My rating: 4 of 5 stars
What this book is about:
Harper is a 26-year-old nurse working at a school with the children when she witnesses the first burner. She knew Draco Incendia Trychophyton, or, more commonly, Dragonscale eventually leads to spontaneous combustion killing the host in a most horrifying way, but she had never seen an infected burn in flames before with her own eyes. As the time goes by and Dragonscale cases multiply, Harper cannot stop herself from doing what a nurse does: help people. She starts working at a hospital caring for the infected. One day, a Fireman comes in with a little deaf boy who desperately needs surgery for appendicitis. A few weeks later, the hospital burns to the ground as one of the ticking time bombs, an infected, exploded in flames. Harper goes home devastated, makes love to her husband and promises to him that if they ever get infected, they will end their lives nicely before Dragonscale ends them in flames. A few weeks later Harper discovers that she is pregnant. The joy doesn’t last very long because soon after that she finds out that she is also infected with Dragonscale..
The Fireman is an apocalyptic story following the main character Harper and reading from a third person perspective. This book is quite long, approximately 750-800 pages but I flew through it very fast. Moreover, the audiobook is read by Kate Mulgrew who has a wonderful narrating voice and makes the whole experience so much more intense and real. I highly recommend checking out the audiobook for this one. But let’s get to the review part.
You don’t want to start A Game of Thrones when you might catch fire all of a sudden. There’s something horribly unfair about dying in the middle of a good story, before you have a chance to see how it all comes out. Of course, I suppose everyone always dies in the middle of a good story, in a sense. Your own story. Or the story of your children. Or your grandchildren. Death is a raw deal for narrative junkies.
We start of with a wonderfully terrifying disease that is original and actually based on science The apocalypse comes in the form of a spore which infects the hosts and gives them beautiful intricate designs that look like scales all over their bodies. These black and gold streaks are the telltale signs of someone who has the plague. There is no definite knowledge on how exactly the plague spreads, even though at the end of the book a very possible hypothesis comes to light, so people have to be careful all the time. This means that humanity is in panic. A terrifying apocalyptic setting where madness, death and fire dominate. As we go through the story more and more information on Dragonscale comes to light. This information always has a scientific base which makes for a great science fiction novel and not a fantasy story. It also helped the plot to feel more realistic and thus more horrifying.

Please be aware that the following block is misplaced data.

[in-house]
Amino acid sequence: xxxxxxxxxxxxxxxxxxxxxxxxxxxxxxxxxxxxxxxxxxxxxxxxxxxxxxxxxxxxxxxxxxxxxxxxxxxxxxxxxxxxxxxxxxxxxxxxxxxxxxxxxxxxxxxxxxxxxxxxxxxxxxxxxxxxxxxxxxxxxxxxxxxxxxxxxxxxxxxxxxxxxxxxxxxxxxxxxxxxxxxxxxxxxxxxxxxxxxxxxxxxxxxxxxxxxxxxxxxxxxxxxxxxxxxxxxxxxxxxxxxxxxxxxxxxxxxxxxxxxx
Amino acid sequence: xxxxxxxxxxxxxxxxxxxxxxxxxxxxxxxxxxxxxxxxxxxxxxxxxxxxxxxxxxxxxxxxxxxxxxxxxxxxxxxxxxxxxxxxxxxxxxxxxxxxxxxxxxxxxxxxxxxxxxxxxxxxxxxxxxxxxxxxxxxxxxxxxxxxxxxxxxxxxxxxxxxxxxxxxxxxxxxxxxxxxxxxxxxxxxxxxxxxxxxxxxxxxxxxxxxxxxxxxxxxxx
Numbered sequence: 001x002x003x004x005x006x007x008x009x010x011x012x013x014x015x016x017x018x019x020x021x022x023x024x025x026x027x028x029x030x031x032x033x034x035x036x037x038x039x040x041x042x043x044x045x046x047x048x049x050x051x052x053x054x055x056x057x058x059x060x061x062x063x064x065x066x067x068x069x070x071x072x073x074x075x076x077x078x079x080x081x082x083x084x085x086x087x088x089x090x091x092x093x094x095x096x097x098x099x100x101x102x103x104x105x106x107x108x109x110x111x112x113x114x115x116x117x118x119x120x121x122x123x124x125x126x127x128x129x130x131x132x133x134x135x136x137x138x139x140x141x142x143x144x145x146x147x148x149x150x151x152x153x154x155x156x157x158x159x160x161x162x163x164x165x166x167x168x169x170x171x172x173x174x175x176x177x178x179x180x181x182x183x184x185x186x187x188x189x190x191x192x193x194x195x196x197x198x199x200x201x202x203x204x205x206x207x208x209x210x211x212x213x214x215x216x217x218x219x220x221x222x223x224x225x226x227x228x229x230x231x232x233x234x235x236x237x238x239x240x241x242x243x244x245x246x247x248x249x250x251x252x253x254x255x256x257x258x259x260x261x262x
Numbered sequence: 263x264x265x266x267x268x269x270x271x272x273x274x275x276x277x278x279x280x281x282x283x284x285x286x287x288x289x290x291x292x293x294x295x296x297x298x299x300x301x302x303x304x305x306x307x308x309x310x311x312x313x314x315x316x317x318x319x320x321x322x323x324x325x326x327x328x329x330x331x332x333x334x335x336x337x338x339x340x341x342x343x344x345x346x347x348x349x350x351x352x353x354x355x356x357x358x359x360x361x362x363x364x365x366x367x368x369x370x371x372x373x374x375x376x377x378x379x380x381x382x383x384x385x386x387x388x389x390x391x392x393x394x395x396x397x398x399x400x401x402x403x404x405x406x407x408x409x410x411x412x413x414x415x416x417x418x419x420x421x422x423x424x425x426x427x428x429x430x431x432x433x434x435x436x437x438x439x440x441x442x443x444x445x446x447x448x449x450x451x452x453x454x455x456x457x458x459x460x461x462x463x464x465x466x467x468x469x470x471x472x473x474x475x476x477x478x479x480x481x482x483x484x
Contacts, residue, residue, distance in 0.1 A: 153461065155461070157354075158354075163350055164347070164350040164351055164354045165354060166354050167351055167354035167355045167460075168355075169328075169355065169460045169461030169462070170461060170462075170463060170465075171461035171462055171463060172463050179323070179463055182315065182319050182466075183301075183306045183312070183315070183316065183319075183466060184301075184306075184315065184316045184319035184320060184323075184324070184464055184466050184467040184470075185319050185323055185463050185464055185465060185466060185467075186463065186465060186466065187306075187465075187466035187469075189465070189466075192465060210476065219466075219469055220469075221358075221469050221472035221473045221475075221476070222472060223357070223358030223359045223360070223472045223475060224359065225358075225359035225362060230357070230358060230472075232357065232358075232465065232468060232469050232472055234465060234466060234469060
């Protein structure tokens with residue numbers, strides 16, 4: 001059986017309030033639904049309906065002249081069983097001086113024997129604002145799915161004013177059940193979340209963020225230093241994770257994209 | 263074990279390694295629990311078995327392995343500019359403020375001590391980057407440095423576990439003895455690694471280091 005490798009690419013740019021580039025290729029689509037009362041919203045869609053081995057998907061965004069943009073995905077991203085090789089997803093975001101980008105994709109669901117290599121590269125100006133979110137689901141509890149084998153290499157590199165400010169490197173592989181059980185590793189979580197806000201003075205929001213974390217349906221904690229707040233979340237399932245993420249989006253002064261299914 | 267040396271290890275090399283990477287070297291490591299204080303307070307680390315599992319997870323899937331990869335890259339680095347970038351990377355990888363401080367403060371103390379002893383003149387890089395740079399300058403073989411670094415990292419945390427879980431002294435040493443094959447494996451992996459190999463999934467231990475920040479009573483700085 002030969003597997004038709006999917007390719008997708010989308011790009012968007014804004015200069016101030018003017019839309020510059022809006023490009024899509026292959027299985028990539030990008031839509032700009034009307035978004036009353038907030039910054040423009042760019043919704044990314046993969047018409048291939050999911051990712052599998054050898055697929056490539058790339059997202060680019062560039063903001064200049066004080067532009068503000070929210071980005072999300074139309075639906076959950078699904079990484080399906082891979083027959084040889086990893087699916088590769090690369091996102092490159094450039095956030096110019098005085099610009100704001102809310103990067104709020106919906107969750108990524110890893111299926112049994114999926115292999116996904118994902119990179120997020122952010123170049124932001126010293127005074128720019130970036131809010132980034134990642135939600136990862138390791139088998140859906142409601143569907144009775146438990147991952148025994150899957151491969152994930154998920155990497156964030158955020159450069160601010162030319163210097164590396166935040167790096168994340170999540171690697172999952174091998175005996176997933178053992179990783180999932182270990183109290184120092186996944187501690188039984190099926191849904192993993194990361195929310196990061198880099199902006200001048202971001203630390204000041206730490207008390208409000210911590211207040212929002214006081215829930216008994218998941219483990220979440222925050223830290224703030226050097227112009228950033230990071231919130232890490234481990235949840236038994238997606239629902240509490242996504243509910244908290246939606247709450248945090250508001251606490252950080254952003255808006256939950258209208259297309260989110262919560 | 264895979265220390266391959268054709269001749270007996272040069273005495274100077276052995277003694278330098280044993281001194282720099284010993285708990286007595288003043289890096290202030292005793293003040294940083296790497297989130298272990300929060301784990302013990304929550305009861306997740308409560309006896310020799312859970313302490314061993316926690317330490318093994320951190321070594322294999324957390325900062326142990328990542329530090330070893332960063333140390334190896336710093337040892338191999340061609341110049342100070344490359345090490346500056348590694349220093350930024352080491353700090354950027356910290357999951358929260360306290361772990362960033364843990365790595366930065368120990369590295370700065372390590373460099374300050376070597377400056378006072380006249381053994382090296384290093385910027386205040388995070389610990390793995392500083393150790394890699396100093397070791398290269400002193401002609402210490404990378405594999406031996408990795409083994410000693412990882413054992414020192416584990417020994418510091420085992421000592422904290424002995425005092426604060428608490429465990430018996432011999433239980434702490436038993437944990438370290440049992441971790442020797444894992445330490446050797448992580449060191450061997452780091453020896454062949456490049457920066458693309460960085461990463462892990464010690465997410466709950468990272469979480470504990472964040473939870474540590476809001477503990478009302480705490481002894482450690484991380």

“This is the most wonderful sentence I have ever heard. I want that on my gravestone. Snuffleupagus was real.No more. Just that.
What helped this book tremendously in having an impact on the reader was Harper. One thing that I can say for sure in this book is that Joe Hill really loved his characters. Harper is a wonderful, kind, intelligent woman with humour and a selfless need to help others. I loved following her around and I’m really glad that I have found a character that I fell in love with (this doesn’t happen anymore). But it was not just Harper who made this reading experience so amazing. There is a whole bunch of other characters, good people, bad people, crazy people, horrible people. Multilayered and well-thought through and crafted, Joe Hill’s characters really come to life bursting (pun intended) out of the pages and pulling you in the story.